… the plan is designed to be revenue neutral — and yet most taxpayers without children will pay a little bit less in taxes, while middle-class families with children under 18 years of age will pay substantially less. So who pays more? Primarily high-income workers, but also upper-middle-class taxpayers who do not have children in the home (either because they have decided not to raise children at all, or because their children have already turned 18). To be blunt, the plan is a tax hike on the rich and makes the tax code even more progressive than it is today.
Really? Even Stein implicitly acknowledges this isn't true. Currently, families who receive an “earned income credit” get the credit even if they pay little or nothing in income taxes (today they still pay payroll taxes, of course). Stein calls the earned income credit “a de facto welfare payment,” and his plan would eliminate this “de facto welfare.” News flash. Many of the de facto working poor depend on this de facto welfare payment to survive. Last year the top earned income credit was $5,666 for a family with three or more children. For millions of poor working families that earned income credit was the difference between having a roof over their heads and living in a cardboard box. Robert Greenstein of the Center on Budget and Policy Priorities wrote that “Census data show that in 2003, the EITC [Earned Income Tax Credit] lifted 4.4 million people out of poverty, including 2.4 million children.” So is Stein's plan “progressive”? Not for the working poor. But then again, many of the working poor don't vote. They don't have time. The “family-friendly tax agenda” is an explicit appeal to independent, middle-class voters. Nice wedge issue, too: let's keep pitting the middle class against the working poor!
One thing Stein doesn't spell out but which Ponnuru acknowledged in a recent Bloomberg opinion piece: the proposal would “lower the floor on the top tax bracket.” That would “get more people paying the top rate.” That is, the super-rich would get a bunch of tax breaks, but upper middle-class individuals, especially, would see a tax increase, since more of their income would be taxed at a higher rate. Ponnuru suggests bringing the top rate down even further. Basically, the goal is to flatten the tax rate. How “progressive” is that? Meanwhile, there are all those nice new reductions in taxes on the rich: lowering the top rate, cutting the capital gains tax, dividends tax, inheritance tax, corporate taxes, and eliminating the alternative minimum tax. Thus, the Stein-Ponnuru proposal is “regressive,” not progressive, for the super-rich. The plan shifts the bulk of the tax burden to the upper-middle-class as well as middle-class individuals or families without children. Of course, Douthat doesn't mention any of this in his “tax break for the baby Jesus” advocacy.
I'm not an economist, so I will have to leave it to real economists to analyze whether or not the Stein-Ponnuru plan is actually “revenue neutral,” as they claim. Will eliminating most itemized deductions (except the biggest ones) actually make up for all the breaks Stein and Ponnuru propose? It seems counter-intuitive on the face of it, but since Stein and Ponnuru present no actual figures, that's pretty difficult to evaluate. We have to trust their claims.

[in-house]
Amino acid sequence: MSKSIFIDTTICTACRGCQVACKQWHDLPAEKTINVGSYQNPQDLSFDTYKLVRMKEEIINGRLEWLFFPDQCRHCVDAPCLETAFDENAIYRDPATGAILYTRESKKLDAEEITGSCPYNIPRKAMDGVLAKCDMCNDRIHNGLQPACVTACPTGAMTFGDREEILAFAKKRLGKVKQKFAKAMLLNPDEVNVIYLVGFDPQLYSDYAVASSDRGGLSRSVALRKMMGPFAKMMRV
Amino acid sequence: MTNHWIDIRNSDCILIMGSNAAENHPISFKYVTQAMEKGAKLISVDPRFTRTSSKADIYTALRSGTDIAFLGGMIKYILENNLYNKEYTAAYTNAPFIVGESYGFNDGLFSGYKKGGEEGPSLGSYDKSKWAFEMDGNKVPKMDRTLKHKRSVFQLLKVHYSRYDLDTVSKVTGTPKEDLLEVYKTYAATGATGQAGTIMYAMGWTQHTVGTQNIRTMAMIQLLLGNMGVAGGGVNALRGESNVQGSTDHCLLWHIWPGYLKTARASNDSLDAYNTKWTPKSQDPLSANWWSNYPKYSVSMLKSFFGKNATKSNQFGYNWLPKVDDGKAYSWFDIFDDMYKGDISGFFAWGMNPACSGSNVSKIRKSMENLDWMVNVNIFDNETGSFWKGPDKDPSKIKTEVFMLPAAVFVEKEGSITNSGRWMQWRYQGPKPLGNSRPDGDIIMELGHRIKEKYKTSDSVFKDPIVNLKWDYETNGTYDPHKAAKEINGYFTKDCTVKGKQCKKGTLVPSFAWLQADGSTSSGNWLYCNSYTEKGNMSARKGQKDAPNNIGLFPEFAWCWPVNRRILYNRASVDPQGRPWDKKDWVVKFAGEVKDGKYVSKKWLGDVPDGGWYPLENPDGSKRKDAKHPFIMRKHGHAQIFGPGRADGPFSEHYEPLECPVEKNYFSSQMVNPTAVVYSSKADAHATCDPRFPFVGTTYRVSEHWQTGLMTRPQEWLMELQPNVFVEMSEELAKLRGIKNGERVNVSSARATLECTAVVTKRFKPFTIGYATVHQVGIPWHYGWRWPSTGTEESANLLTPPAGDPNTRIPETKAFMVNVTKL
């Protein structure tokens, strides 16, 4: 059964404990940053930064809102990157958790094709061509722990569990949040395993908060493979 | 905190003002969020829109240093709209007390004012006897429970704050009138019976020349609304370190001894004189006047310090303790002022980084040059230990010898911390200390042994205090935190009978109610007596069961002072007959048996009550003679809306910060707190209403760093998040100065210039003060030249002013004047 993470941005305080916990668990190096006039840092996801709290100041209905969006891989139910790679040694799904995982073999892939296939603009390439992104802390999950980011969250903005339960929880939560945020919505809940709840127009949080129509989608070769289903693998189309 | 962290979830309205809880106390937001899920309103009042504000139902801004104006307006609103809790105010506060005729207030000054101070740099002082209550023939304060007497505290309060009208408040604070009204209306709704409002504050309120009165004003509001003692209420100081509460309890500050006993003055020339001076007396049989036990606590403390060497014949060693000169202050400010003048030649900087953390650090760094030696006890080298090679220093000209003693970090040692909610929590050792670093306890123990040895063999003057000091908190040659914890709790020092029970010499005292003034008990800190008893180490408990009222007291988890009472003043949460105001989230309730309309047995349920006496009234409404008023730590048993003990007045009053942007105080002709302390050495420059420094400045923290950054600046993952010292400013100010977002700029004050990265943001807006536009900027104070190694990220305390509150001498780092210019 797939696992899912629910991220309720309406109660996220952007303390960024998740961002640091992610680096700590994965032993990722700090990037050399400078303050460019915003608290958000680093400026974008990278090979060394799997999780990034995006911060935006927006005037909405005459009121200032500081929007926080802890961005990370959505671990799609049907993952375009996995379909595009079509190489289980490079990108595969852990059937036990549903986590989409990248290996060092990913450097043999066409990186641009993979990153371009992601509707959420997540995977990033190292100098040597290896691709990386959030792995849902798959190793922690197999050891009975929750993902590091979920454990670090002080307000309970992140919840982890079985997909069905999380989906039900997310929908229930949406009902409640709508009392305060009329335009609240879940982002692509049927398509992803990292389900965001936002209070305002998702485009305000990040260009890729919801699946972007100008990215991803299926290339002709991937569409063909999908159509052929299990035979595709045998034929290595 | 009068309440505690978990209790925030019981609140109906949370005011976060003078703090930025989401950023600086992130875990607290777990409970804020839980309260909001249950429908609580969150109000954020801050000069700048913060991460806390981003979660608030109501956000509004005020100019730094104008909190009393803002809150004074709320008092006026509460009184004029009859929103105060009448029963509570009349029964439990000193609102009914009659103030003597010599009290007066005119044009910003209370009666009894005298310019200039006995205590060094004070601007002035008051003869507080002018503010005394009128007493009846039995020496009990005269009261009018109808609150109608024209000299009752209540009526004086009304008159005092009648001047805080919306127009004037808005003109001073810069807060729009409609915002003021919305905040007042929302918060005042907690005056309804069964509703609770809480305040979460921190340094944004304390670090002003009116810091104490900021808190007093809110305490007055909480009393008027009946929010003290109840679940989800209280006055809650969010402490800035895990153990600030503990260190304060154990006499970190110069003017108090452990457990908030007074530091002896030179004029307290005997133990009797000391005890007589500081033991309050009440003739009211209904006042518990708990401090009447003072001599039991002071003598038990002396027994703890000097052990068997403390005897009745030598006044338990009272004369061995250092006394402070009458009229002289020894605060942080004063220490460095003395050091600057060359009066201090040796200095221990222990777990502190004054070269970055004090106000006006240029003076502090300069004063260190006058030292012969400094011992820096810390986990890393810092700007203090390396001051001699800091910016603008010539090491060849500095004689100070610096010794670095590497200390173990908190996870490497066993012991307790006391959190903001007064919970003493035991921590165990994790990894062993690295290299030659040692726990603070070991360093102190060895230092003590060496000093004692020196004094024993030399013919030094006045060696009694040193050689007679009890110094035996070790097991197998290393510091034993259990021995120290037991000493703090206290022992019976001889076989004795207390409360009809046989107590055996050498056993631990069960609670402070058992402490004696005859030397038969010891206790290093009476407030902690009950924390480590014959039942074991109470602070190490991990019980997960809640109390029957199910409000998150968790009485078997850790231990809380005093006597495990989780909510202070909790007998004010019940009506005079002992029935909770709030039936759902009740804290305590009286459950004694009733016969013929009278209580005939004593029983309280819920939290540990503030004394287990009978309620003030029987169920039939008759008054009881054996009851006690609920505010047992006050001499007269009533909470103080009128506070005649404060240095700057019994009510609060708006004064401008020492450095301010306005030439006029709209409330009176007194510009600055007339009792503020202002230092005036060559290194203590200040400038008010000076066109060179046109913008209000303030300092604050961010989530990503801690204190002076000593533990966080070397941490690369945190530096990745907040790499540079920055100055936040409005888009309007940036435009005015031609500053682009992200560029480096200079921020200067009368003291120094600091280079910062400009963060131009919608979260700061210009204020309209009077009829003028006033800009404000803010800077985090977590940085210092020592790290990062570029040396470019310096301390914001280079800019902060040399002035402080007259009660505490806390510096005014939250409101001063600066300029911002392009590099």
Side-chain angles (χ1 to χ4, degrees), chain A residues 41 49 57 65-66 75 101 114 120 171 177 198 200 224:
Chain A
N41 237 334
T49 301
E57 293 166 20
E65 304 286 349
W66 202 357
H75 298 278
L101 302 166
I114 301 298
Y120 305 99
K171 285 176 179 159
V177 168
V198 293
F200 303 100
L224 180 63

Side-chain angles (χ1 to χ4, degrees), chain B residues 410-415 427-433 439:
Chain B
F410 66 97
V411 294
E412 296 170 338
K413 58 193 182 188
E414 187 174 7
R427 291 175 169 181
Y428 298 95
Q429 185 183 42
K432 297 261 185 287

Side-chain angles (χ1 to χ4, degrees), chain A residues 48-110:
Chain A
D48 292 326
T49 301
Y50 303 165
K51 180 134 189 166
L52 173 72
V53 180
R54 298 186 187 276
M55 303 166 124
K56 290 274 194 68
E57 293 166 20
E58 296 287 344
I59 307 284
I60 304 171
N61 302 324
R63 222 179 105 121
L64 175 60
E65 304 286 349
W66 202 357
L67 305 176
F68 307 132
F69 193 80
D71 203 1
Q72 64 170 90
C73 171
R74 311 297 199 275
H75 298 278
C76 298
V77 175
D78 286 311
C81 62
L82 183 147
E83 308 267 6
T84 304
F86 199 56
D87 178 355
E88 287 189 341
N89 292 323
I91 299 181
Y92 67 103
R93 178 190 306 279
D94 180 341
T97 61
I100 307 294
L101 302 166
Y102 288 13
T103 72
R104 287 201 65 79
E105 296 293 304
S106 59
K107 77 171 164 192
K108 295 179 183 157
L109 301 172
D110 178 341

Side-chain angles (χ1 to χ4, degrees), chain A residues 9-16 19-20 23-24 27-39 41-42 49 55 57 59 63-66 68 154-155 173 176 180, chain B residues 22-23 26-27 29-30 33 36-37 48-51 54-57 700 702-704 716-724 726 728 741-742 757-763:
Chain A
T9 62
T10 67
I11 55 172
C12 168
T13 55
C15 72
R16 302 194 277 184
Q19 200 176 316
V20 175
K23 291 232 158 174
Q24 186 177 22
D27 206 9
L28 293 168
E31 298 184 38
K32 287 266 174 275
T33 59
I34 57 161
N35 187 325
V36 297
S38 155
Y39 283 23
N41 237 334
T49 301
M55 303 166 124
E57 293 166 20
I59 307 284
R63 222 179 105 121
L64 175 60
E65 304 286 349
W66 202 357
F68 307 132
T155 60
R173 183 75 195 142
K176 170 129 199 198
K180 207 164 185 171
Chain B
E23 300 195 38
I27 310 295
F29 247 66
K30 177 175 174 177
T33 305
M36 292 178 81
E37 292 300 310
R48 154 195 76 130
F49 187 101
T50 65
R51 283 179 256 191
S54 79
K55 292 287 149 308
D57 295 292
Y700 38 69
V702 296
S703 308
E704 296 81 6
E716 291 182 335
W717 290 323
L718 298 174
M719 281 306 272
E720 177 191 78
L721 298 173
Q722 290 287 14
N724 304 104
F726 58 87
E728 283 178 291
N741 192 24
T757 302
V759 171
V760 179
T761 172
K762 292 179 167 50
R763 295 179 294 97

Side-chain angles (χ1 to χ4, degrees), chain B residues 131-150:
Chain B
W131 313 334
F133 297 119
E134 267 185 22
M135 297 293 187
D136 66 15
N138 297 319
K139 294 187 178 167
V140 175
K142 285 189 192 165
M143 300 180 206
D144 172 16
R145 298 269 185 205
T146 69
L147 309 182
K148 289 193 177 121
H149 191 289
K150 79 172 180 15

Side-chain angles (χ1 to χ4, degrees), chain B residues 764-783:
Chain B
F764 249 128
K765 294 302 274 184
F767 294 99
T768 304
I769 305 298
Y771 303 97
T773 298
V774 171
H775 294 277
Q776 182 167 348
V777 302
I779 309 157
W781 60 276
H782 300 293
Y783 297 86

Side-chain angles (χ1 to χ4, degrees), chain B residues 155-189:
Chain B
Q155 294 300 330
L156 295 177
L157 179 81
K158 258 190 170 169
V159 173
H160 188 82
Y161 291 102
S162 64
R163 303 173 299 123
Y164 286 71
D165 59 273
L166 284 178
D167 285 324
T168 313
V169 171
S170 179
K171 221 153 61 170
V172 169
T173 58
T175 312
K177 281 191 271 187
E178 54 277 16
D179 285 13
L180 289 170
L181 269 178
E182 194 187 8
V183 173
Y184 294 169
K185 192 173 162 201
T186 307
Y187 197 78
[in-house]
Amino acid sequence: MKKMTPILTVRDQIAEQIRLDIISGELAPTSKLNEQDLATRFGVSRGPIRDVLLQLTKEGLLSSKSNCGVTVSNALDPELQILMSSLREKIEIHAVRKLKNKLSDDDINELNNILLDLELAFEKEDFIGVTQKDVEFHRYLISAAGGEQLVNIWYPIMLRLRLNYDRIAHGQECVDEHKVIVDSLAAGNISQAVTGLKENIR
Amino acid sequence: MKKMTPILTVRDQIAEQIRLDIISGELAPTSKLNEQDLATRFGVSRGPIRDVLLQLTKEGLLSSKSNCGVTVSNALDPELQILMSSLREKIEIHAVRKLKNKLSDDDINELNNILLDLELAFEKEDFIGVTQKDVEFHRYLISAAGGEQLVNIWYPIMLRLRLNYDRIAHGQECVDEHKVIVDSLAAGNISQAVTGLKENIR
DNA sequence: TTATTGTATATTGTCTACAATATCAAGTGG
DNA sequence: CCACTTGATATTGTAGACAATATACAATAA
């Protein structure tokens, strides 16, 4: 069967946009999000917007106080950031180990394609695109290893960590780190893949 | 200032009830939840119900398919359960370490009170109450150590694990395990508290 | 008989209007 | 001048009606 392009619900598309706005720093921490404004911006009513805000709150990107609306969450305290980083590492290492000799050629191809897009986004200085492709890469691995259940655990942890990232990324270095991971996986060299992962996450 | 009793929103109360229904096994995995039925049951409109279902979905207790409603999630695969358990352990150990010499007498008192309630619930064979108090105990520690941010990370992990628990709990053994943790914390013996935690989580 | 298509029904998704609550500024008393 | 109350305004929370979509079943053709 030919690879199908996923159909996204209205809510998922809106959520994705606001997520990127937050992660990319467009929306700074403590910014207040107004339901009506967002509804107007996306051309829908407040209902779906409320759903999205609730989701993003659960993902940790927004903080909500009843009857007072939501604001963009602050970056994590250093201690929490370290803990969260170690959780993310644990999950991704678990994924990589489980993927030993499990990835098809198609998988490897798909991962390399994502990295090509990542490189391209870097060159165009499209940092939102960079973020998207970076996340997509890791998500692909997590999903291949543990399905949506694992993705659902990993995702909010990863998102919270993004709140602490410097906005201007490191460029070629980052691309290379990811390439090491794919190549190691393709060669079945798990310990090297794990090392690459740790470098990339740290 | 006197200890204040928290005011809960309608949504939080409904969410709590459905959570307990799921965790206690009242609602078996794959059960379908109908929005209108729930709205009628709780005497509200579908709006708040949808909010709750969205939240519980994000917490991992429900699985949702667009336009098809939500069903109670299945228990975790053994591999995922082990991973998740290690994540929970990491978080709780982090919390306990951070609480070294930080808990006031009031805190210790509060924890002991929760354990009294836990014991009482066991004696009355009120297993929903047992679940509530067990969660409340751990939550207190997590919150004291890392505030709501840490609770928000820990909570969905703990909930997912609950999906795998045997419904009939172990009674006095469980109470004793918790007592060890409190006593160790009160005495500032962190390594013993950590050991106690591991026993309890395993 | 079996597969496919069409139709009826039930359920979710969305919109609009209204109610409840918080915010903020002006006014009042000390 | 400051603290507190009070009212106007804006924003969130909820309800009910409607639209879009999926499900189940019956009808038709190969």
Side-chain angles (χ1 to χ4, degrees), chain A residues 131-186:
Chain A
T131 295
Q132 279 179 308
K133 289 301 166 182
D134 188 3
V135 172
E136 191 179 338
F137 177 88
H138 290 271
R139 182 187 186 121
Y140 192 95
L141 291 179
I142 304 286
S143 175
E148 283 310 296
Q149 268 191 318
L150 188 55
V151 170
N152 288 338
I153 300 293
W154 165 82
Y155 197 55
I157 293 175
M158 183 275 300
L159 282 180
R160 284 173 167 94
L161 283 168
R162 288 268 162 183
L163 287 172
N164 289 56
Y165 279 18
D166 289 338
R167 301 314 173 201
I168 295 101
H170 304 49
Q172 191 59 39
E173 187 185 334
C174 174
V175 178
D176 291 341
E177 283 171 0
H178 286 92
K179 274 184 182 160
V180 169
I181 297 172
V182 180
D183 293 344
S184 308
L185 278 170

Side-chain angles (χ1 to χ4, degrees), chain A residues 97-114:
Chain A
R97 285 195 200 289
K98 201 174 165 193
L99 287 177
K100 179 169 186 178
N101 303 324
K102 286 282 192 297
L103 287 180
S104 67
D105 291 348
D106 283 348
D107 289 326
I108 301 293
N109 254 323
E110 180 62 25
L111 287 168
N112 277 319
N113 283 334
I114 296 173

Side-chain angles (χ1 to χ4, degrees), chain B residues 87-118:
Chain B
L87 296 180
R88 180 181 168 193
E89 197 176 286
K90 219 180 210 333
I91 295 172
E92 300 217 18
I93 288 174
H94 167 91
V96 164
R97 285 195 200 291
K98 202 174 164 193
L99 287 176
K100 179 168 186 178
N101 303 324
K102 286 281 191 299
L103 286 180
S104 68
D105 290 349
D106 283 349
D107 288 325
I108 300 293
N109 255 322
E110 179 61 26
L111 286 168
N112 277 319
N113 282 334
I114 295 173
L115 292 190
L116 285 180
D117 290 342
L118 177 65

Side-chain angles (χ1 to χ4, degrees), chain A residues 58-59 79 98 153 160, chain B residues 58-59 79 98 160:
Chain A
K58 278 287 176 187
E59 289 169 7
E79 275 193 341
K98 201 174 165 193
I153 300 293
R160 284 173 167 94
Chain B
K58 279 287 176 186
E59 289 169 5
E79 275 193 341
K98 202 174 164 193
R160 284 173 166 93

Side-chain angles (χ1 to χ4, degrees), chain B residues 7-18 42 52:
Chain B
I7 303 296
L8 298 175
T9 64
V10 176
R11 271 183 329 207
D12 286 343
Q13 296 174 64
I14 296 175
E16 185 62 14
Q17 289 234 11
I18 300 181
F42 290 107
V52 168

And, oh, what about those payroll tax deductions – the ones that reduce payments into the Social Security and Medicare funds? Again, Stein and Ponnuru don't say, but there can be only two outcomes: (1) Social Security and Medicare revenues are drastically cut, and (2) Social Security and Medicare benefits will have to be cut. That's the crux of it. In fact, if Mary and Joseph don't actually pay much into the Social Security fund, their benefits will automatically be reduced since individual Social Security benefits are based largely on an individual’s contributions to the program. Tax cuts today mean benefits cuts in the future. Period. Let's hope Jesus either gets a better job than that itinerant preacher gig or at least performs daily fishes and loaves miracles so the old folks back home don't starve to death.
Ultimately, of course, the whole idea – should Douthat's Christmas Day suggestion be passed into law – is that the two largest social safety-net programs would quickly become insolvent. Allowing American families to drastically reduce their payroll tax contributions – via the child tax credit – would put Social Security and Medicare in the red forever. Then Republicans could truthfully say the programs were “unsustainable.” That's the real goal: to eliminate or privatize Social Security and Medicare. That's always one of the real goals behind conservative “tax reform.” Douthat’s recommendation is just one more way of skinning that cat.
Douthat titles his column “The Cratchit Tax Credit,” because this is a tax credit that will supposedly help out Charles Dickens' fictional family, including of course the lovable Tiny Tim. But when you look at the rest of the real story – instead of relying on Ross Douthat's fiction – you find out Douthat's scheme is actually “The Ebenezer Scrooge Tax Break.”
Marie Burns blogs at RealityChex.com